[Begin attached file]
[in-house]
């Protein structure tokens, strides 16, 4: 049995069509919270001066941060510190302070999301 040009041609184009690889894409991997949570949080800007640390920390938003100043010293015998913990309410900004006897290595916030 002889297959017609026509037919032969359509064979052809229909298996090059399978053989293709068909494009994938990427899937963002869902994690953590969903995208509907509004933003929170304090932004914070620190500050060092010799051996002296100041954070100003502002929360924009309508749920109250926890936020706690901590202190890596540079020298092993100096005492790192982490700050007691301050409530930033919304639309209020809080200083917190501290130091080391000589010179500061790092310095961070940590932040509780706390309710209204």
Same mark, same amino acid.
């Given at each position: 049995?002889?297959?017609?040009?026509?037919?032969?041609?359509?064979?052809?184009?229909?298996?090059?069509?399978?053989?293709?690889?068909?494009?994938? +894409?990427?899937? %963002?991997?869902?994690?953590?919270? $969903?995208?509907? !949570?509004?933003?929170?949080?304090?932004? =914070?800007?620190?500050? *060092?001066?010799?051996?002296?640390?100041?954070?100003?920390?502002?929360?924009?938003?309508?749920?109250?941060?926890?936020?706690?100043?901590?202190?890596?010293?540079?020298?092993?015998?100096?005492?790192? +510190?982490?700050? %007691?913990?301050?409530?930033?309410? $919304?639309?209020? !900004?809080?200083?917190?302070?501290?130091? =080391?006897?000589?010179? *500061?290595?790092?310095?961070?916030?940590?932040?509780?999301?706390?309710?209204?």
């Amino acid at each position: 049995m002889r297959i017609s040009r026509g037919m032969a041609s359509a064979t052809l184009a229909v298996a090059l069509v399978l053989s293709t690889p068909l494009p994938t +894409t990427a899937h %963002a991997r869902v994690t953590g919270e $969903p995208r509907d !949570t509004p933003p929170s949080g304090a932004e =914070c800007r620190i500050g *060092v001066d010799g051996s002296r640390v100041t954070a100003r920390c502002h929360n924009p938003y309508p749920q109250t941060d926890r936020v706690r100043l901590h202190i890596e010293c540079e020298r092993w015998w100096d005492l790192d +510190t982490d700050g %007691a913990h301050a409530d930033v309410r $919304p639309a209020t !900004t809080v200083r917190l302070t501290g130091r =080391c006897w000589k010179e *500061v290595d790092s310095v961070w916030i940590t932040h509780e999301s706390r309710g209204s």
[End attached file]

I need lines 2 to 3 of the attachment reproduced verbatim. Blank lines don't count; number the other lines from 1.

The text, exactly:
């Protein structure tokens, strides 16, 4: 049995069509919270001066941060510190302070999301 040009041609184009690889894409991997949570949080800007640390920390938003100043010293015998913990309410900004006897290595916030 002889297959017609026509037919032969359509064979052809229909298996090059399978053989293709068909494009994938990427899937963002869902994690953590969903995208509907509004933003929170304090932004914070620190500050060092010799051996002296100041954070100003502002929360924009309508749920109250926890936020706690901590202190890596540079020298092993100096005492790192982490700050007691301050409530930033919304639309209020809080200083917190501290130091080391000589010179500061790092310095961070940590932040509780706390309710209204």
Same mark, same amino acid.